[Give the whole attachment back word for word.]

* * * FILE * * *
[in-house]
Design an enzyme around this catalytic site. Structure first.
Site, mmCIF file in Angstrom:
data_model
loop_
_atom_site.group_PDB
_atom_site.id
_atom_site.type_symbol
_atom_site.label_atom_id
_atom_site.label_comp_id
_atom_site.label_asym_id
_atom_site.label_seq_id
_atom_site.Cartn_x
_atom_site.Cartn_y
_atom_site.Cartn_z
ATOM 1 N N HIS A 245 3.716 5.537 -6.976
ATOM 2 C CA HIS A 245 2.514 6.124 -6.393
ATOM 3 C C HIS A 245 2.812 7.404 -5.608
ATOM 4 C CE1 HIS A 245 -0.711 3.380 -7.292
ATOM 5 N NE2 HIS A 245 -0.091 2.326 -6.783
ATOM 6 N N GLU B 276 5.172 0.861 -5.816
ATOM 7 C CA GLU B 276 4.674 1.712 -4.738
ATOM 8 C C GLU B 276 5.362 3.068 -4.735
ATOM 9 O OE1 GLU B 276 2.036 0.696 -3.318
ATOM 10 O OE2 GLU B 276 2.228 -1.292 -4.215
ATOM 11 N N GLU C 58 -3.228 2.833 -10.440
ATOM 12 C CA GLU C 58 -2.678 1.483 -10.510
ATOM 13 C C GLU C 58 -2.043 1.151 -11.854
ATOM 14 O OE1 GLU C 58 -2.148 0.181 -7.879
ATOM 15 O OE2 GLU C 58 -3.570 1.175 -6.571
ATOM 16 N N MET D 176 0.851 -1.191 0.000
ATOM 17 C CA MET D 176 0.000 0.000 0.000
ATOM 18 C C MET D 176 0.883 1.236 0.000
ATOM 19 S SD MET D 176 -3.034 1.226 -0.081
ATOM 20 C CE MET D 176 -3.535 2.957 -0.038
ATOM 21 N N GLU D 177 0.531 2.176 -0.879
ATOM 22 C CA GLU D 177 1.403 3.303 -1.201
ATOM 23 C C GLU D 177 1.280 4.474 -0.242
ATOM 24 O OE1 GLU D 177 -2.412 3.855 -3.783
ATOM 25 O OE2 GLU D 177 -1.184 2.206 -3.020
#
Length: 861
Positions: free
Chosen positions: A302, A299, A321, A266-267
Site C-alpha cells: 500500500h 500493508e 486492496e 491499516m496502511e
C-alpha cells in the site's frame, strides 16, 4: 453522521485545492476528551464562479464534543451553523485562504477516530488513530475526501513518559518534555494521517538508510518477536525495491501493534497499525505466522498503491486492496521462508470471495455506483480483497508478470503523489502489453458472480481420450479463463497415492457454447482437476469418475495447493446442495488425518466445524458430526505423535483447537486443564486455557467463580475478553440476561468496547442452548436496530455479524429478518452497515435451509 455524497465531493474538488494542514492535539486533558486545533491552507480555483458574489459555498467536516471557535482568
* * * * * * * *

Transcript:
[in-house]
Design an enzyme around this catalytic site. Structure first.
Site, mmCIF file in Angstrom:
data_model
loop_
_atom_site.group_PDB
_atom_site.id
_atom_site.type_symbol
_atom_site.label_atom_id
_atom_site.label_comp_id
_atom_site.label_asym_id
_atom_site.label_seq_id
_atom_site.Cartn_x
_atom_site.Cartn_y
_atom_site.Cartn_z
ATOM 1 N N HIS A 245 3.716 5.537 -6.976
ATOM 2 C CA HIS A 245 2.514 6.124 -6.393
ATOM 3 C C HIS A 245 2.812 7.404 -5.608
ATOM 4 C CE1 HIS A 245 -0.711 3.380 -7.292
ATOM 5 N NE2 HIS A 245 -0.091 2.326 -6.783
ATOM 6 N N GLU B 276 5.172 0.861 -5.816
ATOM 7 C CA GLU B 276 4.674 1.712 -4.738
ATOM 8 C C GLU B 276 5.362 3.068 -4.735
ATOM 9 O OE1 GLU B 276 2.036 0.696 -3.318
ATOM 10 O OE2 GLU B 276 2.228 -1.292 -4.215
ATOM 11 N N GLU C 58 -3.228 2.833 -10.440
ATOM 12 C CA GLU C 58 -2.678 1.483 -10.510
ATOM 13 C C GLU C 58 -2.043 1.151 -11.854
ATOM 14 O OE1 GLU C 58 -2.148 0.181 -7.879
ATOM 15 O OE2 GLU C 58 -3.570 1.175 -6.571
ATOM 16 N N MET D 176 0.851 -1.191 0.000
ATOM 17 C CA MET D 176 0.000 0.000 0.000
ATOM 18 C C MET D 176 0.883 1.236 0.000
ATOM 19 S SD MET D 176 -3.034 1.226 -0.081
ATOM 20 C CE MET D 176 -3.535 2.957 -0.038
ATOM 21 N N GLU D 177 0.531 2.176 -0.879
ATOM 22 C CA GLU D 177 1.403 3.303 -1.201
ATOM 23 C C GLU D 177 1.280 4.474 -0.242
ATOM 24 O OE1 GLU D 177 -2.412 3.855 -3.783
ATOM 25 O OE2 GLU D 177 -1.184 2.206 -3.020
#
Length: 861
Positions: free
Chosen positions: A302, A299, A321, A266-267
Site C-alpha cells: 500500500h 500493508e 486492496e 491499516m496502511e
C-alpha cells in the site's frame, strides 16, 4: 453522521485545492476528551464562479464534543451553523485562504477516530488513530475526501513518559518534555494521517538508510518477536525495491501493534497499525505466522498503491486492496521462508470471495455506483480483497508478470503523489502489453458472480481420450479463463497415492457454447482437476469418475495447493446442495488425518466445524458430526505423535483447537486443564486455557467463580475478553440476561468496547442452548436496530455479524429478518452497515435451509 455524497465531493474538488494542514492535539486533558486545533491552507480555483458574489459555498467536516471557535482568